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Beware the Too Good to Be True Offer

Danny, their offer is 21% above your asking price and they want to close in 45 days.”

Immediately after receiving the offer, I had called Danny (not his real name) to tell him the great news. After I described the basic terms, Danny said, “Jim, this is almost too good to be true, I couldn’t be more pleased with the job you have done.” I hastened to remind Danny of the adage “a deal isn’t a deal until it’s done,” but honestly, it was hard to not be excited by the prospect of doing such a great deal so quickly.

To get any deal done in 45 days from a Letter of Intent requires an immense amount of work. The day after receiving the LOI, the buyer sent a three-page, 50-point data request list. “These guys are serious,” Danny commented as we reviewed the list. As we started to assimilate the requested data, Danny realized he could not complete the request without the help of three key employees. This was a bit of a concern because Danny wanted to hold off telling anyone he was selling, but the scope of this data request list made it impossible to not bring these key employees into the loop. But once he told them, everyone went to work to do their part. It was a really cool team effort as these key employees pulled together to help Danny realize this incredible opportunity.

About two weeks into this process, I was at my desk about to wrap up for the day when I got a call from the buyer’s Senior VP of acquisitions. I expected it to be the usual call he and I had at the end of every day to assess progress pulling together the due diligence materials. “Jim, I’ll get to the point,” he said after we exchanged pleasantries, “our investment committee just met and we are not going forward with the acquisition of Danny’s company. We don’t think his model will fit into our growth plan.” My first instinct was they were about to throw out a lower number, that this was their standard price re-negotiation ploy. But after the SVP and I talked a few minutes, it was clear, they were out and had no intention of going forward. He assured me it wasn’t that they found anything wrong or troubling during due diligence, he just kept referring to “a different business model.”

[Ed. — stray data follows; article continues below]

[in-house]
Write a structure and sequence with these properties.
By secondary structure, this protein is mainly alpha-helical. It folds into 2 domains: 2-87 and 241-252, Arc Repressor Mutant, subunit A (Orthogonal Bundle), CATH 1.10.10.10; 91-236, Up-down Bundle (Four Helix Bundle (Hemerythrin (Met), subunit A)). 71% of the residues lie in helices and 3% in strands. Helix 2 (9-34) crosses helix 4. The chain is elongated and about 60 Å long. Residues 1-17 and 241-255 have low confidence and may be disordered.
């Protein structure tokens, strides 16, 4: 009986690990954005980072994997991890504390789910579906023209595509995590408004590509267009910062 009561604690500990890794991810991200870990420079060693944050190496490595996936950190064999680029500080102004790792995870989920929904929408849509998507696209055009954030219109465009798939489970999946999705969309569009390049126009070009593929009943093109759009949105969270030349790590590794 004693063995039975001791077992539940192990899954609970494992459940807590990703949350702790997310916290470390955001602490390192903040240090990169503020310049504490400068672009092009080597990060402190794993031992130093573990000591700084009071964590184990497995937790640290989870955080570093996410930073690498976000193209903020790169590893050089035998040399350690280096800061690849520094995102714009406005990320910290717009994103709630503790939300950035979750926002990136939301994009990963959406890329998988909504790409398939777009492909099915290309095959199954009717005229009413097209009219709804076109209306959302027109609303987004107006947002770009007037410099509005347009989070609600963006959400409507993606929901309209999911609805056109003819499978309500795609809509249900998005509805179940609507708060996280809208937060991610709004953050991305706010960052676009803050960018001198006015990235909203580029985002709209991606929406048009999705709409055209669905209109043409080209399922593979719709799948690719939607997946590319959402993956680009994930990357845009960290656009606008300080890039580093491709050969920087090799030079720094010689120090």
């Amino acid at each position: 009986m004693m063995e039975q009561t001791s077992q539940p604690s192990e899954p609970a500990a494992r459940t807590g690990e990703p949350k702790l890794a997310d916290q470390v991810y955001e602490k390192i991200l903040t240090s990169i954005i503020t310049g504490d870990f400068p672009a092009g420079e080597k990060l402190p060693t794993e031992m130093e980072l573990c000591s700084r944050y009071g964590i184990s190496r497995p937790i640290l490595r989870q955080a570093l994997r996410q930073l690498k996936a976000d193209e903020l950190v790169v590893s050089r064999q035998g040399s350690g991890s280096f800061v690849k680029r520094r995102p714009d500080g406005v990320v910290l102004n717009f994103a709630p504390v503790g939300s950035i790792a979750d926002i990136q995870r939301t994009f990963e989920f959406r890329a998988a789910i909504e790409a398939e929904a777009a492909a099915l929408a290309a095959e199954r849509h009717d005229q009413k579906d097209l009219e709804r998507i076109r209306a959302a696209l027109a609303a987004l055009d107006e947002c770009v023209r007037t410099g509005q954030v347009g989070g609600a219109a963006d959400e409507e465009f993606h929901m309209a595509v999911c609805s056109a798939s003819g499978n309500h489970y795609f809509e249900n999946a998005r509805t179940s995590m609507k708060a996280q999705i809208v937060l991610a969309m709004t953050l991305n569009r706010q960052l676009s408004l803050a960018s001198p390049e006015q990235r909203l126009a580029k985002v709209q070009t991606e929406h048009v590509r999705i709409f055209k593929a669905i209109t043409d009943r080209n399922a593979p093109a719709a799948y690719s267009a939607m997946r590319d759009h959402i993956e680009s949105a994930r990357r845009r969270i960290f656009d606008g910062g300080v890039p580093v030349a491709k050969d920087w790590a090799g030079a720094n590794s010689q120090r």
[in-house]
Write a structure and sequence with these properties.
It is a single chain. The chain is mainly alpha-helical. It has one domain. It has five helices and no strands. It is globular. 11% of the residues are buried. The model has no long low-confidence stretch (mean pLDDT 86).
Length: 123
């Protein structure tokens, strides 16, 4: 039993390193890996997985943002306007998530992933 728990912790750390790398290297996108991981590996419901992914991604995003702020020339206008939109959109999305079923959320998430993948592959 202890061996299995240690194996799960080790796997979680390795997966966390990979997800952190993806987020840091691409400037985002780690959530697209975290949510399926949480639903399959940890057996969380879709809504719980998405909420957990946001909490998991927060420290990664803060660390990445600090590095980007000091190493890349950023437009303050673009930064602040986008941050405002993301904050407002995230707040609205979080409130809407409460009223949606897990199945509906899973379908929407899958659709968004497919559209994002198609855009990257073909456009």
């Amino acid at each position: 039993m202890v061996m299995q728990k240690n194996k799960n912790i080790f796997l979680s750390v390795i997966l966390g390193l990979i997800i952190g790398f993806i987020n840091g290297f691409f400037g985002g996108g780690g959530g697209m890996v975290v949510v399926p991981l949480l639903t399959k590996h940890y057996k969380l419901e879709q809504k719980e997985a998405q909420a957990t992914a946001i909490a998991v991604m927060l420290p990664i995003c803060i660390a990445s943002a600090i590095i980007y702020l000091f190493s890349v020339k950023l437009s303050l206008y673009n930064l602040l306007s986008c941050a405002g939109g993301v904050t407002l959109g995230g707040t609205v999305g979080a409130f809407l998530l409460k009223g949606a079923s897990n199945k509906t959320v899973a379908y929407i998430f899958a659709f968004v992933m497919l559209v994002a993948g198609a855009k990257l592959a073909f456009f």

Danny was quite dejected when I told him, and probably upset with me that I let it happen. And to be sure, I did some serious soul searching to understand what I could have done differently to see this coming. But now that I have a couple years to reflect on this painful episode, I have learned two valuable lessons. First, don’t be lured to accept an offer by the promise of a quick close. Due diligence takes time and if the transaction is more than $5 million or so, the buyer will require a deep dive into all aspects of the business. The promise of a quick close is a trap, don’t fall for it. Second, when the offer amount is well above your expectation, don’t get excited, get suspicious. The buyer might be trying to lure you into a lock-down period (i.e., “no shop”) to make sure they get to you before a competitor has time to look under the hood. Simply said, a too good to be true offer might just be an effort to tie you up for a period of time while the prospective “buyer” does his/her homework on whether they want to buy your company.

Unless that too-good-to-be-true offer includes a break-up fee, you can effectively assume you’ll never get a deal done on those too-good-to-be-true terms. In Danny’s situation, the first “buyer” was likely trying to figure out if they wanted to morph their business model to accommodate his company. The good news is, there were other interested buyers waiting in the wings, and we ended up with a really good deal about four months later. Danny is happy playing golf in North Carolina, and this glitch is a distant memory for him. But for me, it’s a painful reminder I offer my clients to this day: when an offer sounds too good to be true, it probably is.

JIM CUMBEE is President of Tennessee Valley Group, Inc. a retainer-based business brokerage and transition mediation firm in Franklin, TN. Cumbee is an attorney and has an MBA from Harvard Business School. Jim is the author of Home Run, A Pro’s Guide to Selling a Business. .  He has a wide range of corporate and entrepreneurial experiences that make him one of the most sought-after business transition advisors in the state of Tennessee. The names and fact patterns above have been changed to preserve the parties’ identities.

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Tennessee Valley Group

Jim is an attorney (non-resident status with the Missouri Bar) and though he no longer practices law, he has read and negotiated enough legal documents to fill a cargo tanker. He has an MBA from Harvard Business School and knows how Wall Street and private equity operates. Jim is a Tennessee Supreme Court Rule 31 listed general civil mediator with tons of experience helping business owners (large and small) work through sensitive problems to achieve winning results. He is the author of "Home Run, A Pro's Guide to Selling Your Business, Seven Principles to Make Your Company Irresistible."